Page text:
Valentine’s Weekend. I was away working in London and got home to a card from one of those awful websites that mean men no longer have to leave the house and go to an actual shop. They no longer need to find a fountain pen and a stamp. Think of something thoughtful to write.
Oh, dear me, no. The card was addressed to Mini Puppy (spelt wrong, as in Minnie: she’s not a mouse), and was a photo of a bulldog, not even a border collie. The message said, ‘How ya doin’?’ I’m not American! I can only assume it was from He Who Has Been Blocked. Just stay blocked!
I used it to light my fire.
I still wear the engagement ring he gave me. Not to repel unwanted advances from men, as I don’t get any. I wear it as something to flaunt when having an extreme bikini wax, so the therapist doesn’t feel she’s wasting her time, because who will ever see it?
Also it’s a lovely ring: a small diamond, with a platinum band. Not as lovely, sadly, as my maternal grandmother’s ring, made in the 1920s and passed down to me. I gave it to my niece on her wedding day. I, of course, wrote about the fact I gave her an heirloom in this column. Then, a few days later, I received a stern letter from the Official Receiver, demanding that, as I was being made bankrupt, the ring had to be returned and sold. The letter also queried the fact I had written about my gorgeous pale pink outfit by Suzannah London. I had to forward the emails proving the outfit had been merely borrowed and returned.
I’m certain that if I didn’t have this column, I wouldn’t have lost my house. The Official Receiver had a sheaf of them, highlighting a piece where I had travelled to Paris to attend the trial of John Galliano (it took place in the very room where Marie Antoinette was sentenced to the guillotine; I was the only fashionista present), and another where I had gone on a mini break to the Hôtel Plaza Athénée in Paris, in the footsteps of Carrie Bradshaw.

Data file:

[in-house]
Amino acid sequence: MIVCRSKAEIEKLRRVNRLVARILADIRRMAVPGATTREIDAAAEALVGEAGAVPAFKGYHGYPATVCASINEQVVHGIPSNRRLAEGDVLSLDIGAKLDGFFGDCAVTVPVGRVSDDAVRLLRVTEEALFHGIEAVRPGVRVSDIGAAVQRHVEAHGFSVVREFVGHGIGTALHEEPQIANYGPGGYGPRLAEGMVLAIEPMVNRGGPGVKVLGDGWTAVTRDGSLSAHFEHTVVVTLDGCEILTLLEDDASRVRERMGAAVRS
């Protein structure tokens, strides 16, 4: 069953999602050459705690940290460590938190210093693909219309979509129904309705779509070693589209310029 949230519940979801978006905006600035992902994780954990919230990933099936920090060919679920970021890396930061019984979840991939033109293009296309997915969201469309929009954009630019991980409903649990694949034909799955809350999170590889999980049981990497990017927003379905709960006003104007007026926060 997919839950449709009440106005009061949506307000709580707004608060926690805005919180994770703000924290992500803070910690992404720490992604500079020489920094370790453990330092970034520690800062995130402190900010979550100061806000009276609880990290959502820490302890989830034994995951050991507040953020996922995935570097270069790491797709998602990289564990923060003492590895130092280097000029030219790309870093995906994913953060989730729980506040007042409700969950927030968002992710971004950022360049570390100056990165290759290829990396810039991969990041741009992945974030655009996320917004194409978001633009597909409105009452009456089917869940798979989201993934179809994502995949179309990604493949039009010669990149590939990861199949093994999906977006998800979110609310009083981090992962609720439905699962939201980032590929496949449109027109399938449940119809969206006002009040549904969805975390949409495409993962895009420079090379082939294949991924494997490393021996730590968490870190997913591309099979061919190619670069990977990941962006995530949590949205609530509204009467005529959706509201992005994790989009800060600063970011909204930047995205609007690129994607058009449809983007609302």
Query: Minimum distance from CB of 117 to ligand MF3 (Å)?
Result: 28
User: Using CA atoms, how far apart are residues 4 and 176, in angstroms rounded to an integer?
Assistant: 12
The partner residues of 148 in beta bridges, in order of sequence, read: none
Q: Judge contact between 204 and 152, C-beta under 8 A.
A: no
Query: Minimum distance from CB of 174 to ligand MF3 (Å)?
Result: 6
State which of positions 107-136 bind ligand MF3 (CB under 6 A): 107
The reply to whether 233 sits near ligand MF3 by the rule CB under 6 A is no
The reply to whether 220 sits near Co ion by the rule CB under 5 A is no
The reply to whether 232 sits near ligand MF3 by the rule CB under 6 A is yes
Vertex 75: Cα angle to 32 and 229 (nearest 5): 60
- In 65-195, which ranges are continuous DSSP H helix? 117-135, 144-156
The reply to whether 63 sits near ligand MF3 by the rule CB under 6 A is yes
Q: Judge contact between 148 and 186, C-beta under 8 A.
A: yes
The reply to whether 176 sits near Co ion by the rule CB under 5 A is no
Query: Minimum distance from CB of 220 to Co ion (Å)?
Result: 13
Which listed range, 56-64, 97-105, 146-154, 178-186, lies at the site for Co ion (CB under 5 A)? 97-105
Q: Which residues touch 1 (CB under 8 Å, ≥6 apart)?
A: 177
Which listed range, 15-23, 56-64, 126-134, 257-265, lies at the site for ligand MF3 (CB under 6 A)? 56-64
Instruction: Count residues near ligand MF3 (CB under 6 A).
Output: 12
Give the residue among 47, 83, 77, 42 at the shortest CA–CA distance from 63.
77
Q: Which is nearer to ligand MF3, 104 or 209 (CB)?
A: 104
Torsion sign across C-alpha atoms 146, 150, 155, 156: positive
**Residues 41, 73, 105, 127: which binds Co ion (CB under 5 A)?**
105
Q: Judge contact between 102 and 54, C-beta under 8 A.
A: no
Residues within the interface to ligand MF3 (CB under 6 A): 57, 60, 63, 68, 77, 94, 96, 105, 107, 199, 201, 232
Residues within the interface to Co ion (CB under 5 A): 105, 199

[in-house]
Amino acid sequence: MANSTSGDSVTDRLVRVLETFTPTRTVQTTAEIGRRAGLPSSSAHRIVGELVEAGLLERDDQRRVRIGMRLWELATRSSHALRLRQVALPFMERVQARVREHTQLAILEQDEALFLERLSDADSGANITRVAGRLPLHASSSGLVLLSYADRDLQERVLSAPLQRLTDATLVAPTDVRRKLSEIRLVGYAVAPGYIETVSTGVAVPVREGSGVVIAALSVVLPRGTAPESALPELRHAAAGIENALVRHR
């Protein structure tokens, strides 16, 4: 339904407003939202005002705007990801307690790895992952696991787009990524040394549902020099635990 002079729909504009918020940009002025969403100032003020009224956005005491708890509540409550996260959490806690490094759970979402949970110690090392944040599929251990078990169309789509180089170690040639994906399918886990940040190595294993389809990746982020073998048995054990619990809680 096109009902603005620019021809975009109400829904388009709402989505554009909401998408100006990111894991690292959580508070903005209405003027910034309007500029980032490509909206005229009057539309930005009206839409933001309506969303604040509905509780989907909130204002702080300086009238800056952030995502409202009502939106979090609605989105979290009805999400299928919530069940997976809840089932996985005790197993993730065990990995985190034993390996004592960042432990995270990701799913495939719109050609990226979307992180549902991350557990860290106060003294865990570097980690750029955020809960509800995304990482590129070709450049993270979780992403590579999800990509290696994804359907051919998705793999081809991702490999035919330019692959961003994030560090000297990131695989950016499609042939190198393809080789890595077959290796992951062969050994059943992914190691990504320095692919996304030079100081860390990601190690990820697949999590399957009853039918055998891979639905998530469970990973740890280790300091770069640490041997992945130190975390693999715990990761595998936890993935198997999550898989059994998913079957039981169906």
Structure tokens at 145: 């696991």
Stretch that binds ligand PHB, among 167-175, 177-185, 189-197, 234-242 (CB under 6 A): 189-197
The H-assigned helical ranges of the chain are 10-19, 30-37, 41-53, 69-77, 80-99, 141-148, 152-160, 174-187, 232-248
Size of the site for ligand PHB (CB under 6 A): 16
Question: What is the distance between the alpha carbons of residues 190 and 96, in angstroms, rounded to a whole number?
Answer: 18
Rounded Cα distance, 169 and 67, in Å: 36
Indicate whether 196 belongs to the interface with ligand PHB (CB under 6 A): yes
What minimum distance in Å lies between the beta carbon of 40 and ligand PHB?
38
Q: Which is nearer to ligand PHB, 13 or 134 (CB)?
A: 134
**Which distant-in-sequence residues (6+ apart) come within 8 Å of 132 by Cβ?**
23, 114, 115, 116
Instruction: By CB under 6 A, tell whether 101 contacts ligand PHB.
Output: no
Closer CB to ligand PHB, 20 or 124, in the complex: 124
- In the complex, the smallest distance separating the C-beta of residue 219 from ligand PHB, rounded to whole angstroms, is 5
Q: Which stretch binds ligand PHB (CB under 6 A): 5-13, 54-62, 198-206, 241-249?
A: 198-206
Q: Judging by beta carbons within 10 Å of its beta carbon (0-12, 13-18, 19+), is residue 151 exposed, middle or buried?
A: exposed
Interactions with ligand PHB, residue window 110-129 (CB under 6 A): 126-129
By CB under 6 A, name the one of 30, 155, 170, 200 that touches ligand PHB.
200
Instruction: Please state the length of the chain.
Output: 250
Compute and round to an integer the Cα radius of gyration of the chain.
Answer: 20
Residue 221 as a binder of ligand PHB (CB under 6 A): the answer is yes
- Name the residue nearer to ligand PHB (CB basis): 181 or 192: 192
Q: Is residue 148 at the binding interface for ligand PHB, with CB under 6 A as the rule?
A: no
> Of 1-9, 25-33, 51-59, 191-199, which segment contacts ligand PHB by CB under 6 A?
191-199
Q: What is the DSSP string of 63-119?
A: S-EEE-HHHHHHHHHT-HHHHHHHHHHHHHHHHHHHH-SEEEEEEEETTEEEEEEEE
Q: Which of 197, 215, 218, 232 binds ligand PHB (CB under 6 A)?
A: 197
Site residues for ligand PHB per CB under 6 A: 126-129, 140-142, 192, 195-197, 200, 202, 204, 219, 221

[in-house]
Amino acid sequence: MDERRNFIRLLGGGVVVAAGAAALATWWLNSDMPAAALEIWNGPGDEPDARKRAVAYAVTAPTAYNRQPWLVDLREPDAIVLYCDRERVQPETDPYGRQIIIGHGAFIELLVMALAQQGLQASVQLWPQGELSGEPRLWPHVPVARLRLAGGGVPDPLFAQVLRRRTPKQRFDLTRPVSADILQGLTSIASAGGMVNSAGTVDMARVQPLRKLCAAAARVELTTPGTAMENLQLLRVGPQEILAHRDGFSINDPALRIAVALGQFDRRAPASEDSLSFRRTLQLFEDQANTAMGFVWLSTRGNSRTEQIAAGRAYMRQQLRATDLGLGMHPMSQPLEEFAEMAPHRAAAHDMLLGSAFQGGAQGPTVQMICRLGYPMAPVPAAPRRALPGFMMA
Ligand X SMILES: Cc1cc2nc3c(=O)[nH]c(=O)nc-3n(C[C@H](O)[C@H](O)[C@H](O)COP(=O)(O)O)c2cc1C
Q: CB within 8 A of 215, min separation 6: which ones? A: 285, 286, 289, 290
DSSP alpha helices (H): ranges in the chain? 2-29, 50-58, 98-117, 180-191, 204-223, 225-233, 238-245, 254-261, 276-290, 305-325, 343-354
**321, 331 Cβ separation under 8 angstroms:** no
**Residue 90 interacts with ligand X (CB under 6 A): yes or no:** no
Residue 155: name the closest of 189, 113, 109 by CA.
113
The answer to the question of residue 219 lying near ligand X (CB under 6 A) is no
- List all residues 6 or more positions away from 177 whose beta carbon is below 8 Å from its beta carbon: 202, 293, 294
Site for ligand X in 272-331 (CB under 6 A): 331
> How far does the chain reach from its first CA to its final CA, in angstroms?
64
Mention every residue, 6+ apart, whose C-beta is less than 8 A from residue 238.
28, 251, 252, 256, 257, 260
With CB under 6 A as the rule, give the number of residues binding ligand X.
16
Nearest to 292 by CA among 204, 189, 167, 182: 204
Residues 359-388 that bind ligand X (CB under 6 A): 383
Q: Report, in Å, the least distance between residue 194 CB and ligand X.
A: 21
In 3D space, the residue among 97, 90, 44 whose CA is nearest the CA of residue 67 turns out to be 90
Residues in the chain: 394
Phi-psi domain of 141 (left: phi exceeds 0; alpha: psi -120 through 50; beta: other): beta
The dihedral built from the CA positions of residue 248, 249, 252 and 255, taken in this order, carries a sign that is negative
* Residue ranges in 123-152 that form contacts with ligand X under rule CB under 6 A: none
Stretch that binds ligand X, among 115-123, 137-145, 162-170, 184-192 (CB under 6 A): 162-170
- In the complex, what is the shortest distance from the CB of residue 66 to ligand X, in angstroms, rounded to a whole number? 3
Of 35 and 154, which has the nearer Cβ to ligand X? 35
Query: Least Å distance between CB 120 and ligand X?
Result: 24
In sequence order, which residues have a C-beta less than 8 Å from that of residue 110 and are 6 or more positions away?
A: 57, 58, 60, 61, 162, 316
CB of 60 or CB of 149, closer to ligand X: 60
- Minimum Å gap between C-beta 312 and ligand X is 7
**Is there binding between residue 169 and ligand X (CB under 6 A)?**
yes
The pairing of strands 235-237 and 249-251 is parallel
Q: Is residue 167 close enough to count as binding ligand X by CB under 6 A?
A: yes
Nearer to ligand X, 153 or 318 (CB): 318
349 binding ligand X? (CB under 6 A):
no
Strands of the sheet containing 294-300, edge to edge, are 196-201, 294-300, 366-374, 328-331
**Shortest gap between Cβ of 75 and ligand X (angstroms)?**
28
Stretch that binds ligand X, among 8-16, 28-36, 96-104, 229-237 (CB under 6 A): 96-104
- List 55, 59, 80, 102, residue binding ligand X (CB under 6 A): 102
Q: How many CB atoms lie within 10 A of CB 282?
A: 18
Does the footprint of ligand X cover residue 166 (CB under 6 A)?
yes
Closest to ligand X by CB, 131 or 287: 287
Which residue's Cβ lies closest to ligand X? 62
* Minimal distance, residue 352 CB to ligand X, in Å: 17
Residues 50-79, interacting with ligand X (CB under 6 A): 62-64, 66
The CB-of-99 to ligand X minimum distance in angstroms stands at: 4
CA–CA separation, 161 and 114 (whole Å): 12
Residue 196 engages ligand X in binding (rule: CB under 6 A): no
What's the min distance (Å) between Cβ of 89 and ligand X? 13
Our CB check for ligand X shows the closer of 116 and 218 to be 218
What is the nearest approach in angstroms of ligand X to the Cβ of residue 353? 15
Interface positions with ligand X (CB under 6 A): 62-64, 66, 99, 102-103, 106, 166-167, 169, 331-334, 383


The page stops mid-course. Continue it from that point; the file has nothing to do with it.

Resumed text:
I told them both trips were for work. They didn’t believe me; odd, given the only reason they knew about them was by reading the paper. ‘Why did you not stay at a Holiday Inn?’ I doubt they would have asked a man the same question.
I would also, of course, still have the fiancé who gave me the ring. He wouldn’t have been able to peek inside my brain as I break the fourth wall, Fleabag-fashion, and tell you my thoughts. I would have just talked about him behind his back ‘like a normal person!’*
Being in the public eye is hell. I get messages all the time. ‘Sent you a photo.’ ‘Sent you a link to Tattle Life. Wow.’ I feel sick. I rack my brain: ‘What have I done that I haven’t already owned up to?’ I texted Nic on Sunday: ‘How do I block direct messages?’ Even when a man turns up to read my meter, he says, ‘Don’t have much luck on the boyfriend front, do you?’
It got to the end of Valentine’s Day. Despite myself, I’d given the odd furtive glance out of my window, trying to overlook the detritus of the people next door (plastic plant pots, dead plants, collapsed summer parasols, the Christmas tree gently rotting, having merely been heaved out of the door**), just in case a delivery person hove into view, staggering beneath the weight of red roses. But no, there was nothing, no one.
I fed the dogs. And then suddenly, with no warning, Gracie collapsed. She lay on her side, mouth slightly open, urine leaching everywhere.
I had no idea if she were alive or dead.
* A quote from my all-time favourite comedy, Bridesmaids. I know every word: ‘Look away! Look away!’
** I know, I’m doing it again. Am hoping they don’t read this.